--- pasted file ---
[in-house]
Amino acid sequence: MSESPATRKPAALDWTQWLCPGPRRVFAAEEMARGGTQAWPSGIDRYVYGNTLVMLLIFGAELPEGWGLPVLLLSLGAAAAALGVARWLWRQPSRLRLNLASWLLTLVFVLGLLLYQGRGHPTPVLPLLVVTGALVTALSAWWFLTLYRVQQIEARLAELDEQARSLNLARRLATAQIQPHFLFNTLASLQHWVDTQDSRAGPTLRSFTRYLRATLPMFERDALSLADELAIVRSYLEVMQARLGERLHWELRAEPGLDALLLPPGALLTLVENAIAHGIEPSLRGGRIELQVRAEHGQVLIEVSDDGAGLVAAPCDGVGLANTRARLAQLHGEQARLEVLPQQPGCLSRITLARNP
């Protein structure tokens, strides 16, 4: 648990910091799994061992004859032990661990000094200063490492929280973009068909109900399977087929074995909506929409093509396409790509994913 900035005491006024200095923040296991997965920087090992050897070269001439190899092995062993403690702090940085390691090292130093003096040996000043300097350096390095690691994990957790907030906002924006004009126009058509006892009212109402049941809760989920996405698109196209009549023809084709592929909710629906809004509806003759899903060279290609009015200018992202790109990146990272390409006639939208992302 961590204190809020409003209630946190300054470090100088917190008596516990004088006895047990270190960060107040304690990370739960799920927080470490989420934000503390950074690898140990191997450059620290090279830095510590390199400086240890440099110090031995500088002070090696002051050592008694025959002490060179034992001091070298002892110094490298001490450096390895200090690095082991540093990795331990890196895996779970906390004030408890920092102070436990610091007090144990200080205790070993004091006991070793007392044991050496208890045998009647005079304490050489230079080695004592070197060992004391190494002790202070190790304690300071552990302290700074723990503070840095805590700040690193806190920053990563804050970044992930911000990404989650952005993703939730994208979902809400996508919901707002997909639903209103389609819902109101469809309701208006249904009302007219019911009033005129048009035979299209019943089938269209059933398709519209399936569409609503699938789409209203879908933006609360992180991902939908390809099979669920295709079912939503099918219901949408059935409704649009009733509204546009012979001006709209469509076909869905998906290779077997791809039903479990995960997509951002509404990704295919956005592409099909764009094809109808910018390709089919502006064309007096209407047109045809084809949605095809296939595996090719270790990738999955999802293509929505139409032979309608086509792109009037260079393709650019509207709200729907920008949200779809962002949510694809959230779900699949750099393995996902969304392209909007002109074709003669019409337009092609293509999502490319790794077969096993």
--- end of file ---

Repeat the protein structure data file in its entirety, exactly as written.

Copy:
[in-house]
Amino acid sequence: MSESPATRKPAALDWTQWLCPGPRRVFAAEEMARGGTQAWPSGIDRYVYGNTLVMLLIFGAELPEGWGLPVLLLSLGAAAAALGVARWLWRQPSRLRLNLASWLLTLVFVLGLLLYQGRGHPTPVLPLLVVTGALVTALSAWWFLTLYRVQQIEARLAELDEQARSLNLARRLATAQIQPHFLFNTLASLQHWVDTQDSRAGPTLRSFTRYLRATLPMFERDALSLADELAIVRSYLEVMQARLGERLHWELRAEPGLDALLLPPGALLTLVENAIAHGIEPSLRGGRIELQVRAEHGQVLIEVSDDGAGLVAAPCDGVGLANTRARLAQLHGEQARLEVLPQQPGCLSRITLARNP
């Protein structure tokens, strides 16, 4: 648990910091799994061992004859032990661990000094200063490492929280973009068909109900399977087929074995909506929409093509396409790509994913 900035005491006024200095923040296991997965920087090992050897070269001439190899092995062993403690702090940085390691090292130093003096040996000043300097350096390095690691994990957790907030906002924006004009126009058509006892009212109402049941809760989920996405698109196209009549023809084709592929909710629906809004509806003759899903060279290609009015200018992202790109990146990272390409006639939208992302 961590204190809020409003209630946190300054470090100088917190008596516990004088006895047990270190960060107040304690990370739960799920927080470490989420934000503390950074690898140990191997450059620290090279830095510590390199400086240890440099110090031995500088002070090696002051050592008694025959002490060179034992001091070298002892110094490298001490450096390895200090690095082991540093990795331990890196895996779970906390004030408890920092102070436990610091007090144990200080205790070993004091006991070793007392044991050496208890045998009647005079304490050489230079080695004592070197060992004391190494002790202070190790304690300071552990302290700074723990503070840095805590700040690193806190920053990563804050970044992930911000990404989650952005993703939730994208979902809400996508919901707002997909639903209103389609819902109101469809309701208006249904009302007219019911009033005129048009035979299209019943089938269209059933398709519209399936569409609503699938789409209203879908933006609360992180991902939908390809099979669920295709079912939503099918219901949408059935409704649009009733509204546009012979001006709209469509076909869905998906290779077997791809039903479990995960997509951002509404990704295919956005592409099909764009094809109808910018390709089919502006064309007096209407047109045809084809949605095809296939595996090719270790990738999955999802293509929505139409032979309608086509792109009037260079393709650019509207709200729907920008949200779809962002949510694809959230779900699949750099393995996902969304392209909007002109074709003669019409337009092609293509999502490319790794077969096993």